By LaDell Emmons
OSU Extension Educator
The following is an article from the Communicating Food for Health.
You’ve seen it on TV.
The results are amazing, a breakthrough, nothing short of miraculous.
But should you part with your money and try what seems to be too good to be true?
If it sounds too good to be true, it probably is.
In fact, many of these diet plans are downright harmful — keeping calories and nutrients so low that your body burns muscle right along with fat.
And those supplements… well, you can’t know for sure what’s really in them, since those manufacturers don’t have to follow the same rules as food or drug manufacturers.
Don’t waste your money or put your health at risk before getting the lowdown on these popular programs.
The Plan: Sensa
The Claim: Losing weight is as simple as sprinkling a tasteless powder on your food.
You don’t need to change your diet, count calories, or do anything else differently.
Sensa works with your sense of smell to trick you into feeling full.
The Scoop:The only evidence of Sensa’s effectiveness comes from the company itself.
No research has been published in a peer-reviewed journal.
The Plan: The Master Cleanse Diet (aka Lemonade Diet)
The Claim: This 10-day cleansing diet will rid your body of toxins and about 10-20 pounds.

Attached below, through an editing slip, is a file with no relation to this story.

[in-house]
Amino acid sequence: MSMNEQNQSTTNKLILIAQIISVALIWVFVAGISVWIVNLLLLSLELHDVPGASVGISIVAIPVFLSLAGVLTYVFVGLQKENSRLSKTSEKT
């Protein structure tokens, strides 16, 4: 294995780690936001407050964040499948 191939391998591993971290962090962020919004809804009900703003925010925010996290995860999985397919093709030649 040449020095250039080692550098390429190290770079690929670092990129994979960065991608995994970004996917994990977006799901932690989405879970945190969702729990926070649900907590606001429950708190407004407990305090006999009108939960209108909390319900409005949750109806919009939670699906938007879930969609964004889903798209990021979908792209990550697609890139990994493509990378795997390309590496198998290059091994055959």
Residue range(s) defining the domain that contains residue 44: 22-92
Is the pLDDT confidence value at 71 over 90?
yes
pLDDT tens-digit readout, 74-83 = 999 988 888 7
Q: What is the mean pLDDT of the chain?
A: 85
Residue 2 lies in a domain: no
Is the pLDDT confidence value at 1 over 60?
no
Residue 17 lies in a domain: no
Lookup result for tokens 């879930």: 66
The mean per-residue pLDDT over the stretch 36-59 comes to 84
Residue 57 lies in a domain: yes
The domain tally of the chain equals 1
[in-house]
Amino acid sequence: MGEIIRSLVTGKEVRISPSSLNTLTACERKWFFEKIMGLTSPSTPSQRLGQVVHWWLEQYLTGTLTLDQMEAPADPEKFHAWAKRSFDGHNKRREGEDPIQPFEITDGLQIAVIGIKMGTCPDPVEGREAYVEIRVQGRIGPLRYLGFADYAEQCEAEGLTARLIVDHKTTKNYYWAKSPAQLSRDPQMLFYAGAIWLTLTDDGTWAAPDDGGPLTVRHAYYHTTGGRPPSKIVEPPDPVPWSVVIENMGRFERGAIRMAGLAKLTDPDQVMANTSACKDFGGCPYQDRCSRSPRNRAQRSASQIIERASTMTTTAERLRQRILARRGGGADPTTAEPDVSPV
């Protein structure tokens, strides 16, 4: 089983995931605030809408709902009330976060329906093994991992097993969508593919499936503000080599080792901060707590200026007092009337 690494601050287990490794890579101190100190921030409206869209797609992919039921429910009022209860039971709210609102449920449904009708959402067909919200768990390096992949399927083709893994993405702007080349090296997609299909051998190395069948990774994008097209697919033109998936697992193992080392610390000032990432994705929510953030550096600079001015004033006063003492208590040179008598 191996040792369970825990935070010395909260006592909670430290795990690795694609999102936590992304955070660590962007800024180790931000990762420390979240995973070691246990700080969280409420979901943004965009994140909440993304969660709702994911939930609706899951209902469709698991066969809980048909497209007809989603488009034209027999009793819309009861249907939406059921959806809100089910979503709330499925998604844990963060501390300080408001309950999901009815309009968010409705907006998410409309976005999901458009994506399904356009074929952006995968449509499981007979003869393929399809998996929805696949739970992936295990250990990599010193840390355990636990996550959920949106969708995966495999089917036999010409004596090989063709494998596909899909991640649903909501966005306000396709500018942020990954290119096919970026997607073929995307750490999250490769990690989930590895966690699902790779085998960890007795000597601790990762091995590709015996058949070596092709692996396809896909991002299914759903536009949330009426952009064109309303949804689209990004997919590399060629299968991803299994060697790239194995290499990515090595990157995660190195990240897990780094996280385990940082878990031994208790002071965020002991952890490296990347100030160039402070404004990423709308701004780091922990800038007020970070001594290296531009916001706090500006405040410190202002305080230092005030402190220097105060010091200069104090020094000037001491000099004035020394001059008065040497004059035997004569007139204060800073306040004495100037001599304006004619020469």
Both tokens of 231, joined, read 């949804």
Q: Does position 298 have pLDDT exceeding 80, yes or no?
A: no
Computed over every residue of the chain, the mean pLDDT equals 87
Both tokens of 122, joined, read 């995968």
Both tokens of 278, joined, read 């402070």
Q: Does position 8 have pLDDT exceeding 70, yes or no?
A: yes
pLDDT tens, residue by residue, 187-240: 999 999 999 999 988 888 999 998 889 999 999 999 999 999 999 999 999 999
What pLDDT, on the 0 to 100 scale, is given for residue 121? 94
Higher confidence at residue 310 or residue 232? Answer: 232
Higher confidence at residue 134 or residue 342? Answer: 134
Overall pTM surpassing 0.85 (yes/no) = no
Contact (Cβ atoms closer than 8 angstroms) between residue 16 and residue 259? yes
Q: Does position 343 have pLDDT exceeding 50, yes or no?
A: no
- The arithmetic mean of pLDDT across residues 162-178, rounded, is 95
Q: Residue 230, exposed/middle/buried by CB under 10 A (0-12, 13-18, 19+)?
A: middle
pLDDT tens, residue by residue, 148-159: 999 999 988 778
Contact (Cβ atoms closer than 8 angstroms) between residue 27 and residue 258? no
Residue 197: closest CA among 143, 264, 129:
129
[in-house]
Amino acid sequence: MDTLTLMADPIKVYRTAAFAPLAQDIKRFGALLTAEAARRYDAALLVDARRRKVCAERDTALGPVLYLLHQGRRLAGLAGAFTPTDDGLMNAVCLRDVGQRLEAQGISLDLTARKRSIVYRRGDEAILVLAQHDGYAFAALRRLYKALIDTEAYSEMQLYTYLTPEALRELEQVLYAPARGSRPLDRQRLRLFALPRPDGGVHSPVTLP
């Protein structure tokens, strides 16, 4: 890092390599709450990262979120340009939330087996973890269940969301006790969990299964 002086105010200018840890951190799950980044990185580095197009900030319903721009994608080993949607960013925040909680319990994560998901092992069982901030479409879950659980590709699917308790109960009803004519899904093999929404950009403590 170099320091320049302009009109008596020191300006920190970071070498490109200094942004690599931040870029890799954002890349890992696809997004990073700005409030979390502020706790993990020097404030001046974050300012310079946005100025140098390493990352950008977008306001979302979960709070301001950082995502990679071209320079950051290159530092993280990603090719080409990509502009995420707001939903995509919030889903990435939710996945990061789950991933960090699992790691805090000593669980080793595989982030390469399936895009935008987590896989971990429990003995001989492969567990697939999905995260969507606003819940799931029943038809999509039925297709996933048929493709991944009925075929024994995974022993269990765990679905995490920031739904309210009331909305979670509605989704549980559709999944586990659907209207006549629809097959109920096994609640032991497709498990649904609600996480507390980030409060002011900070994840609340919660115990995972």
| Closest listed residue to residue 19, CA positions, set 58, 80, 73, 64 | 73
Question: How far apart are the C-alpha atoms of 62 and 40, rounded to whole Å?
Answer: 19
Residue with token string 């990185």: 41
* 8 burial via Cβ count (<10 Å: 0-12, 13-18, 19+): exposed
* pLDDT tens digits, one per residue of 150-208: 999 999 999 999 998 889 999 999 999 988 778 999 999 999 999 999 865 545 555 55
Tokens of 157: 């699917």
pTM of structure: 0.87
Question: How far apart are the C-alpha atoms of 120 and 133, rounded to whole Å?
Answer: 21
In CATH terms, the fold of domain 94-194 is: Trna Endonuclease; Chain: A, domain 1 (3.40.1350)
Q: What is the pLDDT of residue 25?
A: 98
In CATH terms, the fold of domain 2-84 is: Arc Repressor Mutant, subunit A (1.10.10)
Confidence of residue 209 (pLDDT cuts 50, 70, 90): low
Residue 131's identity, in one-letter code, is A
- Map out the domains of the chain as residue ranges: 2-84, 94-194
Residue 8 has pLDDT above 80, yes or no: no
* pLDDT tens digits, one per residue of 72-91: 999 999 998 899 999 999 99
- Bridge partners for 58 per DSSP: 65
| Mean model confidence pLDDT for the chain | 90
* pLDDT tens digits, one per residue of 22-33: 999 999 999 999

The Scoop: The only food you are allowed is a drink you make yourself from water, real maple syrup, lemon juice, and cayenne pepper. Plus, you have to take nightly laxatives.
Over the course of a day, you will consume just 50-800 calories, which is the reason for the weight loss.
The diet results in inadequate nutrition and loss of lean body mass.
The laxatives are not necessary to detoxify your body, but they could result in the loss of good-for-you bacteria in your intestines.
The Plan: Wheat Belly Diet
The Claim: Eliminating wheat is the holy grail of with loss.
The Scoop:The diet described in this book is a low-carbohydrate diet.These diets tend to result in more rapid initial weight loss when compared to other diets. However, they do not result in greater weight loss over time. Giving up wheat could lead to either a more healthful diet or a poor diet, depending on the foods replacing wheat products.
For example, if you trade wheat-containing junk foods like cookies for wheat-free varieties, your diet has not improved.
If you trade those foods for fruits and vegetables, you will have a more healthful diet and will likely consume fewer calories, which will then cause weight loss.
You’re better off eating fruits, vegetables, and whole grains.
For more information in Pittsburg County, call 918-423-4120 or log onto www.oces.okstate.edu/pittsburg.
LaDell Emmons is the Extension Family and Consumer Sciences Educator for the Pittsburg County Oklahoma Cooperative Extension Service.
Contact her at email@example.com.